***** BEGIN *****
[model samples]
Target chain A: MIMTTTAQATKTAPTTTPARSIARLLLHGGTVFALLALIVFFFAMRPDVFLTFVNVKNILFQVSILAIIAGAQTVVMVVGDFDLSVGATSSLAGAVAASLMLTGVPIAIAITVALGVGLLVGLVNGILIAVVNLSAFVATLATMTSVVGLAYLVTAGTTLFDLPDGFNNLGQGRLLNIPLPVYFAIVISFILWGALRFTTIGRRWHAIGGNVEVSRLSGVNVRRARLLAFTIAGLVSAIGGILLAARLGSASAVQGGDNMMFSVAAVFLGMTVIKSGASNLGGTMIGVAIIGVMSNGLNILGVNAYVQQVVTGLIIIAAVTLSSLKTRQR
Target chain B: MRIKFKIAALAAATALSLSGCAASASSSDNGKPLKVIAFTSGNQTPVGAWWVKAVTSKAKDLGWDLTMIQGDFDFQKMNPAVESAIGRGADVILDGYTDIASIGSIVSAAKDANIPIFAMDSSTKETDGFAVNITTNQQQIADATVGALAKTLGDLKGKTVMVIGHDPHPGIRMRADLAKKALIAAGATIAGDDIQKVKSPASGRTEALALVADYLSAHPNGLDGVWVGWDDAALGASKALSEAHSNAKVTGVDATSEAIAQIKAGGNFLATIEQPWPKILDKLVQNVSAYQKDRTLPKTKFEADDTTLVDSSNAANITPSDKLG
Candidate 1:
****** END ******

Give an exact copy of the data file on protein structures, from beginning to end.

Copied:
[model samples]
Target chain A: MIMTTTAQATKTAPTTTPARSIARLLLHGGTVFALLALIVFFFAMRPDVFLTFVNVKNILFQVSILAIIAGAQTVVMVVGDFDLSVGATSSLAGAVAASLMLTGVPIAIAITVALGVGLLVGLVNGILIAVVNLSAFVATLATMTSVVGLAYLVTAGTTLFDLPDGFNNLGQGRLLNIPLPVYFAIVISFILWGALRFTTIGRRWHAIGGNVEVSRLSGVNVRRARLLAFTIAGLVSAIGGILLAARLGSASAVQGGDNMMFSVAAVFLGMTVIKSGASNLGGTMIGVAIIGVMSNGLNILGVNAYVQQVVTGLIIIAAVTLSSLKTRQR
Target chain B: MRIKFKIAALAAATALSLSGCAASASSSDNGKPLKVIAFTSGNQTPVGAWWVKAVTSKAKDLGWDLTMIQGDFDFQKMNPAVESAIGRGADVILDGYTDIASIGSIVSAAKDANIPIFAMDSSTKETDGFAVNITTNQQQIADATVGALAKTLGDLKGKTVMVIGHDPHPGIRMRADLAKKALIAAGATIAGDDIQKVKSPASGRTEALALVADYLSAHPNGLDGVWVGWDDAALGASKALSEAHSNAKVTGVDATSEAIAQIKAGGNFLATIEQPWPKILDKLVQNVSAYQKDRTLPKTKFEADDTTLVDSSNAANITPSDKLG
Candidate 1: